The History of Pasta
History Of Pasta
As Italians, we are known and appreciate for good cooking. We love to spend time at the table chatting while we are tucking into our favourite culinary delicacies.
The “long boot” of the Italian peninsula is fully immersed in the Mediterranean, where over the centuries, it has become home to many peoples and cultures, and naturally, our cooking tradition reflects an enormous wealth of flavours and colours.
From North to South, there are numerous and incredibly diverse regional culinary traditions, each with its distinctive traits and recipes. Yet whether we are serving meat, fish, vegetables or desserts, every table is crowned by “pasta”.
As far back as 7000 years ago, ancient history narrates that man abandoned his nomadic way of life and took up a more sedentary lifestyle, where he began to farm the land, discover cereals and grow them. Cereals were ground to make flour, and this led to the discovery of pasta by mixing flour with water, which was then flattened and cooked on hot stones.
In ancient Rome, Cicero and Orazio recounted how gluttonous the Romans were for “lagana”, which were thin strips of pasta made from flour and water, which are today known as lasagne.
Legend has it that a long time ago in 1292, Marco Polo brought us spaghetti on his return from China. This story cannot be proved beyond doubt, as innumerable document point to the fact that pasta was already present in the South of Italy prior to the birth of Italy’s pioneering traveller. Most probably, it was the Arabs who introduced pasta to Italian cooking around 1000 AD. In fact, in a documented that dates back to 1154, the Arab geographer, Al-ldrin spoke of a food made from “flour in the form of string” known as “triyahâ” that was made at Trabì near Palermo in Sicily .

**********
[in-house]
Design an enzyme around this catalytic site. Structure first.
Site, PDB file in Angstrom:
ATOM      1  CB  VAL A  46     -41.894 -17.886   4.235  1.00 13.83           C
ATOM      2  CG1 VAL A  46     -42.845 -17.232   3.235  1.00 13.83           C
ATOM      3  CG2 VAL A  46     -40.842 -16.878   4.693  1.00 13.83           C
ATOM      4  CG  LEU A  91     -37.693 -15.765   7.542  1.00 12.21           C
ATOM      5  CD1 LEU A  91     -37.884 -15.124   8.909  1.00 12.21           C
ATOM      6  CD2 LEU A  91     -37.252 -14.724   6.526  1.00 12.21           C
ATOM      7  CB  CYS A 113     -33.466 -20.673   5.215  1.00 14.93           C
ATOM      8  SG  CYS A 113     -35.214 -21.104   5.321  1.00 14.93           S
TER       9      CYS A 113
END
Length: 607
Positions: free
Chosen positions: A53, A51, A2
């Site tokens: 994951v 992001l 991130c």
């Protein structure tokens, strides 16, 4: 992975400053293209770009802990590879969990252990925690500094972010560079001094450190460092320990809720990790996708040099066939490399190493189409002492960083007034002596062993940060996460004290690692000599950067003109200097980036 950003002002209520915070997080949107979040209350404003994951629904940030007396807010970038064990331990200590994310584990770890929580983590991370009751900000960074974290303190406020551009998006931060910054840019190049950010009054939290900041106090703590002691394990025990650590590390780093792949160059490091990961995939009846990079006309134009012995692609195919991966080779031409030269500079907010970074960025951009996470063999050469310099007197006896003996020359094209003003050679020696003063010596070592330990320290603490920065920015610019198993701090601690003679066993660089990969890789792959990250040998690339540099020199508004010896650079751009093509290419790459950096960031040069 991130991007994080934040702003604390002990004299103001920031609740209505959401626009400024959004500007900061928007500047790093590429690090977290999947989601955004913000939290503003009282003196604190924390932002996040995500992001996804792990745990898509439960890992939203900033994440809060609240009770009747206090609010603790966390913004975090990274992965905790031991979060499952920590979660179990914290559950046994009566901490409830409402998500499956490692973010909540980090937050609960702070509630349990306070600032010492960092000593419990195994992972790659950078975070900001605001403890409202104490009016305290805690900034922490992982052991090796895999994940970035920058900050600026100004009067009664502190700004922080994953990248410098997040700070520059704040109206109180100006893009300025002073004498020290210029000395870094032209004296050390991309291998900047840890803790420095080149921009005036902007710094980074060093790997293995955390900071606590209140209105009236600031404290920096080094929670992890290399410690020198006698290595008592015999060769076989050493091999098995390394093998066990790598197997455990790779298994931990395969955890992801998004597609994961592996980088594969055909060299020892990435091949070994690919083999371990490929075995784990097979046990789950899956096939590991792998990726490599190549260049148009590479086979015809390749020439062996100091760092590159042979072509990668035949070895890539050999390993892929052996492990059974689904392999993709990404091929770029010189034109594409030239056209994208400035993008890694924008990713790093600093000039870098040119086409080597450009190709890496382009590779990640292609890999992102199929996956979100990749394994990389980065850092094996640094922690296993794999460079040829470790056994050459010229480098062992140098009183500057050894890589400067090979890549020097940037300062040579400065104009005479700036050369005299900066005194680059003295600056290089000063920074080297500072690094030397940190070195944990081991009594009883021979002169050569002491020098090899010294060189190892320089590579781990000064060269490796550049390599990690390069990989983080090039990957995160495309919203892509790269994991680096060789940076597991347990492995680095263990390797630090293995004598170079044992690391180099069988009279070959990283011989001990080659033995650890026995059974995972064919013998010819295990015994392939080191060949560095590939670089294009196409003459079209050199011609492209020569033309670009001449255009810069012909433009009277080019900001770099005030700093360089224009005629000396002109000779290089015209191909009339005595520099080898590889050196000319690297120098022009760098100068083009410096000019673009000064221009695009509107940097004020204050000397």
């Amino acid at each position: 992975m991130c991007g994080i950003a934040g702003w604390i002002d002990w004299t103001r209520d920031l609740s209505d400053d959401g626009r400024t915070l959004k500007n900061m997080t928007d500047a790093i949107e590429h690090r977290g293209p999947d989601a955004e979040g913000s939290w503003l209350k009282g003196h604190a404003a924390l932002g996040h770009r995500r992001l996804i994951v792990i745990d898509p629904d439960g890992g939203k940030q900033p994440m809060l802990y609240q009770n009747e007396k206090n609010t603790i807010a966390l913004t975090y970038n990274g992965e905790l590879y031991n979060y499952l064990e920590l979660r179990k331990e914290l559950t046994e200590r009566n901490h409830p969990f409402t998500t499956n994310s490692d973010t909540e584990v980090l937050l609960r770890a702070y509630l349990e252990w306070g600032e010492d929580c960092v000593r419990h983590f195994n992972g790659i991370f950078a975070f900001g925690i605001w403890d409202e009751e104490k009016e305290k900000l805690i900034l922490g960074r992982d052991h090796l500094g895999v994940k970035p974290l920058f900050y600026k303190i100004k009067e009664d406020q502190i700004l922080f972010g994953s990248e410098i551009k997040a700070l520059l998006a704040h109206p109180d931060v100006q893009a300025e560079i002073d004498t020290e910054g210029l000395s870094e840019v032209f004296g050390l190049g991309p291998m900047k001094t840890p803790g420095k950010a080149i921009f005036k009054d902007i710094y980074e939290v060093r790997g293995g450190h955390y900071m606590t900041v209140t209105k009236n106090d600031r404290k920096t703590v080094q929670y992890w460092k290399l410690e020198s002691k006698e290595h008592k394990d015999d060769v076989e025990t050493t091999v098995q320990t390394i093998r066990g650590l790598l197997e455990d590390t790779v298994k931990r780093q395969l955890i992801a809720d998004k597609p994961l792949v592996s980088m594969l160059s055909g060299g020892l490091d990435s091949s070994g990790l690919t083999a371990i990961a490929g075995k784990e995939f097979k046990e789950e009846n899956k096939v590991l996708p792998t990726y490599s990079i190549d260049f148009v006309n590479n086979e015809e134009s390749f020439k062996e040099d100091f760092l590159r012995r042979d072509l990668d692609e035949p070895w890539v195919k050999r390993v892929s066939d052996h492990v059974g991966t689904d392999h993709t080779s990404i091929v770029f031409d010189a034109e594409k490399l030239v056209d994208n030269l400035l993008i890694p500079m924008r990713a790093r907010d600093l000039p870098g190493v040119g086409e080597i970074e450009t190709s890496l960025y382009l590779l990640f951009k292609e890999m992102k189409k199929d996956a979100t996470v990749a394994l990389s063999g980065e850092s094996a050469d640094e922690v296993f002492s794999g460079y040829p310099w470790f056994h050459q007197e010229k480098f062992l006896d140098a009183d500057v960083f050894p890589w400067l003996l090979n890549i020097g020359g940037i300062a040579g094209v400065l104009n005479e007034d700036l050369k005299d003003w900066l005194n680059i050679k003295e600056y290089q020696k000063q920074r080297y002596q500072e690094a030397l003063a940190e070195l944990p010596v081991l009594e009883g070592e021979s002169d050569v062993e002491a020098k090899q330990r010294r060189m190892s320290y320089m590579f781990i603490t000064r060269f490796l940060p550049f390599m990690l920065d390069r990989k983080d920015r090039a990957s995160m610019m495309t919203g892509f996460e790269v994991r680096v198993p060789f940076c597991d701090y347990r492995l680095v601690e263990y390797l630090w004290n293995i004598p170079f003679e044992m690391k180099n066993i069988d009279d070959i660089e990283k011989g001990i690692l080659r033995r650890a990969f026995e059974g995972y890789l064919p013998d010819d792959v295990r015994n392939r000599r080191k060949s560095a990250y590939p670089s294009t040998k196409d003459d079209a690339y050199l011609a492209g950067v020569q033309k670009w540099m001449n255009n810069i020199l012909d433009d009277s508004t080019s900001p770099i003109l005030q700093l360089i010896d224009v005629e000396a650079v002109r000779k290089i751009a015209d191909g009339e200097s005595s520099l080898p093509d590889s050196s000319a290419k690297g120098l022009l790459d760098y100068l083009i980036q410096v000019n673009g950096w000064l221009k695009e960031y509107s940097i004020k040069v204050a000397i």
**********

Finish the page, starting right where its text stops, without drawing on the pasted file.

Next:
From then on, and up to 1700, pasta grew in popularity and became a staple part of Italian diet, and although it had its many shapes, it was simply known as “maccheroni”. It was not until the second half of the 1700s, that the Neapolitans coined the name “spaghetti” for their long drawn pasta.
As time went by, pasta became increasingly popular throughout Italy, and new types were created together with tasty sauces reflects the traditions of different regions our “Bel Paese” and making pasta the most famous and appreciated food in the world today.
The starting point for our production process is the selection of raw materials. It is an absolute imperative for the preparation of excellent pasta.
Source: Pastifio dei Profeti